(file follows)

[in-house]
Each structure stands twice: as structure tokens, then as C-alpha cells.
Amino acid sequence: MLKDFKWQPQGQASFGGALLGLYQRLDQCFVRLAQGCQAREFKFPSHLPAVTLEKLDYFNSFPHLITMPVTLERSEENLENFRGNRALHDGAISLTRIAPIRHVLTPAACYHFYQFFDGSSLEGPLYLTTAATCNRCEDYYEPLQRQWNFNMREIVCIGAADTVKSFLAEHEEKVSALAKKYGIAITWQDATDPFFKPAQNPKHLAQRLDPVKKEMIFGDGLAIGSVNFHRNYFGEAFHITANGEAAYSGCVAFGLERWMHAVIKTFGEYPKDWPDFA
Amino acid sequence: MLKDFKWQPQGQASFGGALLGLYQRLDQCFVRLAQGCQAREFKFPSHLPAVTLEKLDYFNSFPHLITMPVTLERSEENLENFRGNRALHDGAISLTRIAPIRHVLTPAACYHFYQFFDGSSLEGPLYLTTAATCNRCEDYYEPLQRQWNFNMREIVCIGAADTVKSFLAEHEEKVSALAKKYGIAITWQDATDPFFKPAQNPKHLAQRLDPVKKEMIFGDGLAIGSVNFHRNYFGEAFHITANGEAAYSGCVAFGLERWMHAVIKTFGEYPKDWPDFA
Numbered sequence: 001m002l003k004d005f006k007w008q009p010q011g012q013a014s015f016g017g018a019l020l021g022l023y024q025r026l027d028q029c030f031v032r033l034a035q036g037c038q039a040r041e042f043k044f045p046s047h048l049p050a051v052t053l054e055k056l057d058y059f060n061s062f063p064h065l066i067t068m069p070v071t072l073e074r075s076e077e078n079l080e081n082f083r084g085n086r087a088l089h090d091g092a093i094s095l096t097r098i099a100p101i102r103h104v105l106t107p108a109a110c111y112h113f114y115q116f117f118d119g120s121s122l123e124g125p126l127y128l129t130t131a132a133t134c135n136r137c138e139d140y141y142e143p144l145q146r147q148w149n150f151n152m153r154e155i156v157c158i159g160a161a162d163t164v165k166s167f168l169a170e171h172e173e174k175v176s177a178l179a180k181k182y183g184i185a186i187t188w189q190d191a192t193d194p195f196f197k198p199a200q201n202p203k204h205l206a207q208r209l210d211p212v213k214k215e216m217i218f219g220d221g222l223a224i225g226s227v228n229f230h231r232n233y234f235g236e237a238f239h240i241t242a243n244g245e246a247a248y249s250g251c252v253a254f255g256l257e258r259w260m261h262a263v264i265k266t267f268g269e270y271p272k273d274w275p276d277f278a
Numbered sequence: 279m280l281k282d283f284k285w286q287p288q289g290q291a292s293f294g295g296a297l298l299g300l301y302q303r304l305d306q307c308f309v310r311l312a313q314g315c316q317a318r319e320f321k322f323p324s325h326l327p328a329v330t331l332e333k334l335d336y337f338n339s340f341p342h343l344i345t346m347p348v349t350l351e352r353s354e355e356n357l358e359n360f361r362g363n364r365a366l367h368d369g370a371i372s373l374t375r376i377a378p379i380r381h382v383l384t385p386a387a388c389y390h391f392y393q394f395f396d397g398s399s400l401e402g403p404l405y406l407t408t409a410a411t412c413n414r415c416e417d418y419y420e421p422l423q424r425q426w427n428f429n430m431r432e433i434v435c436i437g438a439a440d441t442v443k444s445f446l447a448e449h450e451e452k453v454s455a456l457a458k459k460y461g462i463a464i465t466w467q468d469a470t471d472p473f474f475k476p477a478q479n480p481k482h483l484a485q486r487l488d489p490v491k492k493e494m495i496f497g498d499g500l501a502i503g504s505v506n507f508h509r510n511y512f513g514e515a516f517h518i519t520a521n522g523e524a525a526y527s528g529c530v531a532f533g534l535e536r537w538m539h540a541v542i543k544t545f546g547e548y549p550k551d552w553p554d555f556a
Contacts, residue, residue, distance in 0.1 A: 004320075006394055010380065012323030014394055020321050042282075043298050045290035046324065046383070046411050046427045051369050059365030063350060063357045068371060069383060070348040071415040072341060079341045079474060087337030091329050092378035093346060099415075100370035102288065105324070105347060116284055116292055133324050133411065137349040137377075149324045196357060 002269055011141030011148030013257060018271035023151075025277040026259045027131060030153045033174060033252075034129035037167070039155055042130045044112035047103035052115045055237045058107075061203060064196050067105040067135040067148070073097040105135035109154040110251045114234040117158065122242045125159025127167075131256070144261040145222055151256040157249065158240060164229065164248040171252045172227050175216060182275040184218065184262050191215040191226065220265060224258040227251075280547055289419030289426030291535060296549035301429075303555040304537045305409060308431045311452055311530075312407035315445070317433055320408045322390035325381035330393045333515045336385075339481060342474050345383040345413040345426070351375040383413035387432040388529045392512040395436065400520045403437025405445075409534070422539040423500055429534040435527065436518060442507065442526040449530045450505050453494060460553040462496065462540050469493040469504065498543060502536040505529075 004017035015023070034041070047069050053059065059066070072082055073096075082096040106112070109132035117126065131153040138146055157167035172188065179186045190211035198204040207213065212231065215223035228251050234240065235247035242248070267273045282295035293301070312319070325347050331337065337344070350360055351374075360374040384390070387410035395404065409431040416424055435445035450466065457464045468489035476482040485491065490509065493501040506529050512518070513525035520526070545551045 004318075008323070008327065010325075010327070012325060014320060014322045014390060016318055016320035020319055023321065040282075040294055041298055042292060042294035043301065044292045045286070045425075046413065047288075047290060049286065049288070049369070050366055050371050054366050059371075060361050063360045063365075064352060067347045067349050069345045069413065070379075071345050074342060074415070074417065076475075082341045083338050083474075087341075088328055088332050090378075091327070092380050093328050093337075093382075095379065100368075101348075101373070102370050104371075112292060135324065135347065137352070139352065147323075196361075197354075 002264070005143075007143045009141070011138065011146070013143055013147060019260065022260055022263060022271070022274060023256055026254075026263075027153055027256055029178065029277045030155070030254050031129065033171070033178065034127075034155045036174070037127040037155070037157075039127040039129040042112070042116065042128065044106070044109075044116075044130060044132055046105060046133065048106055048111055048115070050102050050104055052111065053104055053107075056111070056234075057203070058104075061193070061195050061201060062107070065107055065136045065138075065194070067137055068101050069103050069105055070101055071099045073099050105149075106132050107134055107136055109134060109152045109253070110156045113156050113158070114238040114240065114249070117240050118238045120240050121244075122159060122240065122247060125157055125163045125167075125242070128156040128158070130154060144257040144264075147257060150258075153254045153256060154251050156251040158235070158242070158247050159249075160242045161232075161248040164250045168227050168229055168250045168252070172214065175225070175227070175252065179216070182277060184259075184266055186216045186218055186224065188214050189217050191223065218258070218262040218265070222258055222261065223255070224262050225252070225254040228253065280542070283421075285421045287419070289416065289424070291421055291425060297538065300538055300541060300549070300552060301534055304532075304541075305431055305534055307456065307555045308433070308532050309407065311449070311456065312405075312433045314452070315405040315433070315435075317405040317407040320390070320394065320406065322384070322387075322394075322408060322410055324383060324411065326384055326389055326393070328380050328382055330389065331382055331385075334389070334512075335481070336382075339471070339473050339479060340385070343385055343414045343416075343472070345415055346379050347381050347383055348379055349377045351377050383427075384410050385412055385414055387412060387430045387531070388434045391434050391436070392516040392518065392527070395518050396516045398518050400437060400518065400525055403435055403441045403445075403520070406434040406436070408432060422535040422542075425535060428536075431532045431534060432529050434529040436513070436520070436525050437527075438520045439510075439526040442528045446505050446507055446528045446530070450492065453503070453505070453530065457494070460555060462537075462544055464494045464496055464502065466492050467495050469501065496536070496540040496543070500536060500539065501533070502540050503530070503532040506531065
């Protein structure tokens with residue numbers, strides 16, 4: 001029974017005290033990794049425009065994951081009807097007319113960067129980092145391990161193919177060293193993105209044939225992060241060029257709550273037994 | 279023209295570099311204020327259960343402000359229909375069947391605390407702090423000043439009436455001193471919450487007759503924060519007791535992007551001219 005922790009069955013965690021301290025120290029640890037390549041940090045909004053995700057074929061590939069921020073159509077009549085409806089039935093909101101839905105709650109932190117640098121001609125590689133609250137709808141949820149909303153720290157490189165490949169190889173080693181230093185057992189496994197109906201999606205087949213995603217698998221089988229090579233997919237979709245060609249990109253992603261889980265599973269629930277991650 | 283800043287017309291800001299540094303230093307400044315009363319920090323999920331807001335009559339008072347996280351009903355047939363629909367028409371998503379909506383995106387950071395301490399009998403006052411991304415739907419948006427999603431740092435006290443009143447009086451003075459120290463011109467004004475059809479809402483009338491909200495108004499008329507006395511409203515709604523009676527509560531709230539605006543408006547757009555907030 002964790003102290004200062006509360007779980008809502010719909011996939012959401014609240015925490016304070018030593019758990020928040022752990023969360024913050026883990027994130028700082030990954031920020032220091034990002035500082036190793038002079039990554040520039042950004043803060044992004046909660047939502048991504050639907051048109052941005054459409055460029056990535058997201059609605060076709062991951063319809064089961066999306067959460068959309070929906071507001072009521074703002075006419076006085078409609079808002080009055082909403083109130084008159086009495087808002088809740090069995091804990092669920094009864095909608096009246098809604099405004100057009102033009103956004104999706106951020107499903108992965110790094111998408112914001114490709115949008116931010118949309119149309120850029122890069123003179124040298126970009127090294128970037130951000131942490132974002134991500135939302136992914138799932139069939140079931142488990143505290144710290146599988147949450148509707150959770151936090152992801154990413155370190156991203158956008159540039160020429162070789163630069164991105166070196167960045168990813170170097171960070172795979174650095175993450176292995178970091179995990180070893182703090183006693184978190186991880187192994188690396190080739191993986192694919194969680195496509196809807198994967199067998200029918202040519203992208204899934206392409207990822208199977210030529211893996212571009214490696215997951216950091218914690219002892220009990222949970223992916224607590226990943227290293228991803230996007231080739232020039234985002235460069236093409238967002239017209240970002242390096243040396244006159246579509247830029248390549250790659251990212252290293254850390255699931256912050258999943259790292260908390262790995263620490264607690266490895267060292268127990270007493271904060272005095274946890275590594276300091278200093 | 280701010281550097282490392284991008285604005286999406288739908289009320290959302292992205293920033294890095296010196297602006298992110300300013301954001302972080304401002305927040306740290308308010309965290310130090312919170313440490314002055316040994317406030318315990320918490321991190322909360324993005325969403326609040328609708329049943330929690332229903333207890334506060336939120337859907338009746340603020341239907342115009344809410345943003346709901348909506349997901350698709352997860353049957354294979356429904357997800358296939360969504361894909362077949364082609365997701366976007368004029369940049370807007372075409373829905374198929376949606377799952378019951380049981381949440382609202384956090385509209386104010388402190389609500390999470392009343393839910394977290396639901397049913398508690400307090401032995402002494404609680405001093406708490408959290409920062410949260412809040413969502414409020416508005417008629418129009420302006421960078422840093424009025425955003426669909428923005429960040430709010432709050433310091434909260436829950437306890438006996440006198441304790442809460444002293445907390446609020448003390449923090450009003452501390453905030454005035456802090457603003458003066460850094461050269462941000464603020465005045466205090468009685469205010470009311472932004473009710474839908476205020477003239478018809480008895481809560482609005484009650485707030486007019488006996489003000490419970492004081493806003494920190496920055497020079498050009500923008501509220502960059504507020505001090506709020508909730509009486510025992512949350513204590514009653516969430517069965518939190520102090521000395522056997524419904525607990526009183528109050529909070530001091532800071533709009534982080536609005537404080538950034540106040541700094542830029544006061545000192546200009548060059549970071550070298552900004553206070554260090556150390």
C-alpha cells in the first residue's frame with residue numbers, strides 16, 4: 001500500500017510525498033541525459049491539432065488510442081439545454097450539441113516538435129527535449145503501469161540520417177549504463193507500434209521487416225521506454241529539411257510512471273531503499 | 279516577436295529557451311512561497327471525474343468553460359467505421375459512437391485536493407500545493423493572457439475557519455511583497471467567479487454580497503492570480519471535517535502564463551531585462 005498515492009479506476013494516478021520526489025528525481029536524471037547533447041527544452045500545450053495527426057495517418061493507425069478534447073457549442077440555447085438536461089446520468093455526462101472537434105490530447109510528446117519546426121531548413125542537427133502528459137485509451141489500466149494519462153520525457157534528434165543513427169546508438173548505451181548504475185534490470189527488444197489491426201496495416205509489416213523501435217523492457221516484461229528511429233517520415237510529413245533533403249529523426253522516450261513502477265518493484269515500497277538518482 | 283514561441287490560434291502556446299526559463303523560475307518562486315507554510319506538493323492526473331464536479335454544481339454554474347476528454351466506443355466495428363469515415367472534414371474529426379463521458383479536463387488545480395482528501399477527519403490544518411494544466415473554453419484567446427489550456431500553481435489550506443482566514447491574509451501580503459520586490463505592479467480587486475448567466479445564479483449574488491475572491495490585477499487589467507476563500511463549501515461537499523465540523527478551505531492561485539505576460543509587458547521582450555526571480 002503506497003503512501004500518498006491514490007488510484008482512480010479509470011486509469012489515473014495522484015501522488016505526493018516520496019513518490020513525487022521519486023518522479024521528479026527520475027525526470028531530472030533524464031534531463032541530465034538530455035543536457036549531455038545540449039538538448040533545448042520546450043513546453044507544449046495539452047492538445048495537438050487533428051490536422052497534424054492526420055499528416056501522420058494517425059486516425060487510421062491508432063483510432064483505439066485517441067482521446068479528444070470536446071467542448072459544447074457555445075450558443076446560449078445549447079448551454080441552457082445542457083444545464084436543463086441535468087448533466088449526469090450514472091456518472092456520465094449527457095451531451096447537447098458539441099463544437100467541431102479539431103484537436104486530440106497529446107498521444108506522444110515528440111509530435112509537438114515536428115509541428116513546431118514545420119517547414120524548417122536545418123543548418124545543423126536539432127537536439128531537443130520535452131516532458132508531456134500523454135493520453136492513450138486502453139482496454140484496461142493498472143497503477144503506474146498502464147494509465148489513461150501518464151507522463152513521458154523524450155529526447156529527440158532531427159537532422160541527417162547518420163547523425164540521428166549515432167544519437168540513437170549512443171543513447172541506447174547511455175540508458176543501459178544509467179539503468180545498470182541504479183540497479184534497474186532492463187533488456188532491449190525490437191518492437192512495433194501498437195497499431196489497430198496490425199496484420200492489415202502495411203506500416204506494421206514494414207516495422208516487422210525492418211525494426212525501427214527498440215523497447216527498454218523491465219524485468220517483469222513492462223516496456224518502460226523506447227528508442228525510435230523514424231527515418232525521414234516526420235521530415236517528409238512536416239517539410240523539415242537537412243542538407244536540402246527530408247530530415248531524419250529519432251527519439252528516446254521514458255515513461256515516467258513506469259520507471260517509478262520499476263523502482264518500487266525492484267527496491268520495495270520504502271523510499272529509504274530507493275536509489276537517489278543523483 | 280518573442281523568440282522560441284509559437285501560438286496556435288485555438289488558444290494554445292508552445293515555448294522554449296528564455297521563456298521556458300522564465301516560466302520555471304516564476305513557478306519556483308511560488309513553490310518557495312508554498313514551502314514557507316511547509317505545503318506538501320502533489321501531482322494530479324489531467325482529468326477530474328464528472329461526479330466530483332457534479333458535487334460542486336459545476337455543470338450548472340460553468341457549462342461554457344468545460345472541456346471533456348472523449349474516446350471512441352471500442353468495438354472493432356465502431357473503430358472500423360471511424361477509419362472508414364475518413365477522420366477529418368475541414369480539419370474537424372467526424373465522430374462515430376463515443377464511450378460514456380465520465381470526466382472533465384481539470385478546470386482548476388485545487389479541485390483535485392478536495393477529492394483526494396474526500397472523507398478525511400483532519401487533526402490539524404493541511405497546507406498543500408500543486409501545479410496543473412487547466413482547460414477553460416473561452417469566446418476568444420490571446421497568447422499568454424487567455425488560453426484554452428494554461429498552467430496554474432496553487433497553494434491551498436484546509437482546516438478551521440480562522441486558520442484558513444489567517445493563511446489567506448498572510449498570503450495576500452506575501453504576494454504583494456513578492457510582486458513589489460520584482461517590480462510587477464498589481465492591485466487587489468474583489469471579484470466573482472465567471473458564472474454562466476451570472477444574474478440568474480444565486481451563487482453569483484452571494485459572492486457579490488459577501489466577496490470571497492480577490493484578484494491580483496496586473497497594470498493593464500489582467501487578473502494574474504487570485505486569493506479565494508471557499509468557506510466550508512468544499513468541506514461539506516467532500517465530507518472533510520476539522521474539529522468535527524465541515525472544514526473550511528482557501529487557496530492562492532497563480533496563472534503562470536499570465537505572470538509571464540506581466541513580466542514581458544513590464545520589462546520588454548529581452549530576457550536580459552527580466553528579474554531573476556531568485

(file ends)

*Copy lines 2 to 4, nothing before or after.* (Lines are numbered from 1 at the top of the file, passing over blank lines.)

Each structure stands twice: as structure tokens, then as C-alpha cells.
Amino acid sequence: MLKDFKWQPQGQASFGGALLGLYQRLDQCFVRLAQGCQAREFKFPSHLPAVTLEKLDYFNSFPHLITMPVTLERSEENLENFRGNRALHDGAISLTRIAPIRHVLTPAACYHFYQFFDGSSLEGPLYLTTAATCNRCEDYYEPLQRQWNFNMREIVCIGAADTVKSFLAEHEEKVSALAKKYGIAITWQDATDPFFKPAQNPKHLAQRLDPVKKEMIFGDGLAIGSVNFHRNYFGEAFHITANGEAAYSGCVAFGLERWMHAVIKTFGEYPKDWPDFA
Amino acid sequence: MLKDFKWQPQGQASFGGALLGLYQRLDQCFVRLAQGCQAREFKFPSHLPAVTLEKLDYFNSFPHLITMPVTLERSEENLENFRGNRALHDGAISLTRIAPIRHVLTPAACYHFYQFFDGSSLEGPLYLTTAATCNRCEDYYEPLQRQWNFNMREIVCIGAADTVKSFLAEHEEKVSALAKKYGIAITWQDATDPFFKPAQNPKHLAQRLDPVKKEMIFGDGLAIGSVNFHRNYFGEAFHITANGEAAYSGCVAFGLERWMHAVIKTFGEYPKDWPDFA